"Vanitas" by Elsie Russell

The Vanitas Still Life Series

This genre of still life became popular in 17th century Holland emphasizing the transience of life and the evanescence of things. The message found in Ecclesiastes: Vanitas vanitatum, et omnia vanitas (or Vanity of vanities, and all is vanity) made a poignant reminder and meditation for the opulent bourgeois culture which flourished in the Netherlands at that time. Still-lifes depicting a skull and the objects of daily life became as standard a piece of interior decoration as the sumptuous pictures of flower arrangements, or assortments of gourmet delicacies displayed like jewels amongst fine crystal and silverware (called Pronck still-life).

I have been interested in the genre not only for its philosophical and metaphysical possibilities, but also as a student of anatomy. After painting dozens of still-lives of vegetables and other domestic objects, I discovered a remarkably well crafted plastic skull at the NY science fiction store "Forbidden Planet". Living in New Orleans had given me ample access through delinquent neighbors to the grave-robbed skulls of nearby cemeteries, but I was always a bit squeamish about spending so much time with a real specimen.

None of my Vanitas paintings are such in the strict sense; their theme is less about the meaninglessness of existence in the face of inevitable mortality, than it is about embracing life in spite of its fragility and brevity.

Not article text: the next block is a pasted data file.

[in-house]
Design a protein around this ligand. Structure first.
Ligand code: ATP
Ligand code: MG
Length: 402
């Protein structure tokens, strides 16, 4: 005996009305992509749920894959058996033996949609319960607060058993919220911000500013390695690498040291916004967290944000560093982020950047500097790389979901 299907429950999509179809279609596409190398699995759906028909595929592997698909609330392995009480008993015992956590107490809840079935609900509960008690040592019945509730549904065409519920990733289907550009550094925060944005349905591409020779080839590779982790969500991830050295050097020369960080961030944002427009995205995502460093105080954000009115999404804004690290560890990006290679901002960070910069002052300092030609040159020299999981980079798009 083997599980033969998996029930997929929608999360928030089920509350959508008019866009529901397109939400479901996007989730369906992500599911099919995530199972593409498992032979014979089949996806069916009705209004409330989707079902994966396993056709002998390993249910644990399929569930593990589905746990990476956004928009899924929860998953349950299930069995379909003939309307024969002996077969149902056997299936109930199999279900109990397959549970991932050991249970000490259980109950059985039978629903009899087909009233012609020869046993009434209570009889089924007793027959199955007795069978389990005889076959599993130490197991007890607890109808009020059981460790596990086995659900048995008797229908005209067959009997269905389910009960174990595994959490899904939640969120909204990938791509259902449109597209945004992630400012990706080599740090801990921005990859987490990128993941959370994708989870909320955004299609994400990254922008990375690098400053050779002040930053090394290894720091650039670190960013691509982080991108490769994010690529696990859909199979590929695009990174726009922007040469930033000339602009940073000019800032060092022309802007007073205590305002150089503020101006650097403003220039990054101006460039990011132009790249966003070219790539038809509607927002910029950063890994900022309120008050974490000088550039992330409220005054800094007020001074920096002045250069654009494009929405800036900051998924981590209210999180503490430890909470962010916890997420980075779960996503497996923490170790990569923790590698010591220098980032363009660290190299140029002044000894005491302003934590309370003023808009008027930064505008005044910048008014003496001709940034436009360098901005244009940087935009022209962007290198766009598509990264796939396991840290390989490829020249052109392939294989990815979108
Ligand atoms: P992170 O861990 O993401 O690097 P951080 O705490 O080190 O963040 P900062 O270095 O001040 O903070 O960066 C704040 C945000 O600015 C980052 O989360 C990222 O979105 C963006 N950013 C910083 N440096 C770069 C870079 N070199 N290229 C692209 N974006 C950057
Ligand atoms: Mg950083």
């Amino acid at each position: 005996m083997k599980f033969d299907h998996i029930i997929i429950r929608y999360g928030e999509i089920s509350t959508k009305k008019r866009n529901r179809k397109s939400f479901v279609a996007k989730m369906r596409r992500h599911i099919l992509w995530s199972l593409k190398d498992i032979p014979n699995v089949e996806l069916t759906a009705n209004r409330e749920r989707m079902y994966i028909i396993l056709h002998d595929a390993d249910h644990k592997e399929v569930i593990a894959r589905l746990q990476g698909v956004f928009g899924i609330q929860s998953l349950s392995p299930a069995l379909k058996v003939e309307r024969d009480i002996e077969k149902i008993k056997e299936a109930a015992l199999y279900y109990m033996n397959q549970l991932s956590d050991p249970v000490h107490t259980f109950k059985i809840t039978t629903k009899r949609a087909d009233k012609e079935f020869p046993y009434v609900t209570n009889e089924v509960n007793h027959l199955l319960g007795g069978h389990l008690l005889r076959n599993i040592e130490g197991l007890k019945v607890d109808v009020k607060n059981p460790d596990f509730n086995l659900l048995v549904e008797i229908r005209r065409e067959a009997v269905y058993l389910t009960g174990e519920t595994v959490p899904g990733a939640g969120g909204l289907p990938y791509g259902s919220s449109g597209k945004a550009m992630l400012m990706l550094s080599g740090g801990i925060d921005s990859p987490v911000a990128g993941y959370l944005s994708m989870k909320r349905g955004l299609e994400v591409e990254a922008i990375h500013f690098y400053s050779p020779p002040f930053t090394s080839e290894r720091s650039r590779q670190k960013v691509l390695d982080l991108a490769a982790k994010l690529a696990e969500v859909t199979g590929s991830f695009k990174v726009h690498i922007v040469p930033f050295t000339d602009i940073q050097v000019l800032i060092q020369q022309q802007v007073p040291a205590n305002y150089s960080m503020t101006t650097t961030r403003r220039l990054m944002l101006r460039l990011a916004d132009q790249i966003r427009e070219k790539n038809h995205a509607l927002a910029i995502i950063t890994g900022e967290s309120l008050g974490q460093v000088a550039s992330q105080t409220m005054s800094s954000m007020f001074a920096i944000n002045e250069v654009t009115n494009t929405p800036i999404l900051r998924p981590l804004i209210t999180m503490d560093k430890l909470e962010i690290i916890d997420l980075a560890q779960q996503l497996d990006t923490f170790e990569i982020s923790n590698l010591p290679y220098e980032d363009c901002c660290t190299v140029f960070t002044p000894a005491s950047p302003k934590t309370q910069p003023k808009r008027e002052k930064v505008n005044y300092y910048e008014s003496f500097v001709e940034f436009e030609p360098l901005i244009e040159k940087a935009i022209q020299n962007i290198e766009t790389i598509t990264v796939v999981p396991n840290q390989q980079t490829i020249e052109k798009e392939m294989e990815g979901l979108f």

The first two compositions shown, the Skull and Boots and Skull and Boots II, address limitations imposed by illness and the inexorable march towards death.

Skull and Bread deal with life, as bread, and death, as skull, with the knife slicing life away life piece by piece, each to be savored as a unique experience. Skull and Espresso covers basically the same territory, but at an accelerated pace!

Skull and Pomegranates is an allegorical meditation on the mysteries of Eleusis, the kidnapping and rape of Persephone by Pluto, who lured the young goddess with a ruby pomegranate away from her mother Demeter’s fertile wheatfields to the darkness of Hades to be his bride.

Vanitas Viciosa, with its cheap sunglasses, rubber glove, revolver and extinguished candle, is an acerbic commentary on the contemporary world.

Skull, Boots and Hat, and Skull, Boots and Book are two more compositional arrangements using this same thematic material.

The Anatomy Lesson is the most recent in the series, using Alfred Russell’s copy of Thomson’s Handbook of Anatomy for Art Students, (fifth edition, 1929), a sketchbook, a goose-quill pen and the plastic skull in a tableau reminiscent of Chardin’s “Attributes of the Arts“of 1776.

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Skull and Boots I
1992, oil on linen, 16" x 20"
ER-Skull-and-Boots-2.jpg (113374 bytes)
Skull and Boots II
1992, oil on linen, 16" x 20"
ER-Skull-and-Bread.jpg (104486 bytes)
Skull and Bread
1992, oil on linen, 16" x 20"






ER-Skull-and-Espresso.jpg (142849 bytes)
Skull and Espresso
1992, oil on linen, 16" x 20"
ER-Skull-and-Pomegranates.jpg (93295 bytes)
Skull and Pomegranates
1991, oil on linen, 16" x 20"
ER-Vanitas-Viciosa.jpg (103211 bytes)
1991, oil on linen, 18" x 24"







ER-Skull-Boots-Hat.jpg (101813 bytes)
Skull, Boots and Hat
1991, oil on linen, 21" x 28"
ER-Skull-Boots-Book.jpg (112098 bytes)
Skull, Boots and Book
1991, oil on linen, 16" x 20"
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The Anatomy Lesson
1993, oil on canvas, 16" x 20"
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